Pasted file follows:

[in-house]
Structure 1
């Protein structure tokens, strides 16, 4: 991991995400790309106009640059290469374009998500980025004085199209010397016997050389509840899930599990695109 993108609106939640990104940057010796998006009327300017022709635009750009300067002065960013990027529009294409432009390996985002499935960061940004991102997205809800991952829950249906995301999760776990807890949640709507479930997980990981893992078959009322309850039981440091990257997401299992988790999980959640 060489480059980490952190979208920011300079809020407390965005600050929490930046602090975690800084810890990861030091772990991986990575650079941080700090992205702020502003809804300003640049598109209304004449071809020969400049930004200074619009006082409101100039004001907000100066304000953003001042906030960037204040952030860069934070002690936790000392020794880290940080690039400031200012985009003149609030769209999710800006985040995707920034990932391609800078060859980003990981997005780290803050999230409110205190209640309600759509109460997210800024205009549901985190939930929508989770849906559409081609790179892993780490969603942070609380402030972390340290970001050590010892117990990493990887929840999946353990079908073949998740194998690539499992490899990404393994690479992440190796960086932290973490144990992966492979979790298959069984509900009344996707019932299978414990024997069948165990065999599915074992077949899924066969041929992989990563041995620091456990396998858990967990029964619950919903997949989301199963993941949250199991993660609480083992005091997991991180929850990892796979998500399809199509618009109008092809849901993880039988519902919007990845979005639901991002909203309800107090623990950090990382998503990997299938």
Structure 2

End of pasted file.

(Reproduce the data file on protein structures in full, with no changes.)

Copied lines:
[in-house]
Structure 1
């Protein structure tokens, strides 16, 4: 991991995400790309106009640059290469374009998500980025004085199209010397016997050389509840899930599990695109 993108609106939640990104940057010796998006009327300017022709635009750009300067002065960013990027529009294409432009390996985002499935960061940004991102997205809800991952829950249906995301999760776990807890949640709507479930997980990981893992078959009322309850039981440091990257997401299992988790999980959640 060489480059980490952190979208920011300079809020407390965005600050929490930046602090975690800084810890990861030091772990991986990575650079941080700090992205702020502003809804300003640049598109209304004449071809020969400049930004200074619009006082409101100039004001907000100066304000953003001042906030960037204040952030860069934070002690936790000392020794880290940080690039400031200012985009003149609030769209999710800006985040995707920034990932391609800078060859980003990981997005780290803050999230409110205190209640309600759509109460997210800024205009549901985190939930929508989770849906559409081609790179892993780490969603942070609380402030972390340290970001050590010892117990990493990887929840999946353990079908073949998740194998690539499992490899990404393994690479992440190796960086932290973490144990992966492979979790298959069984509900009344996707019932299978414990024997069948165990065999599915074992077949899924066969041929992989990563041995620091456990396998858990967990029964619950919903997949989301199963993941949250199991993660609480083992005091997991991180929850990892796979998500399809199509618009109008092809849901993880039988519902919007990845979005639901991002909203309800107090623990950090990382998503990997299938």
Structure 2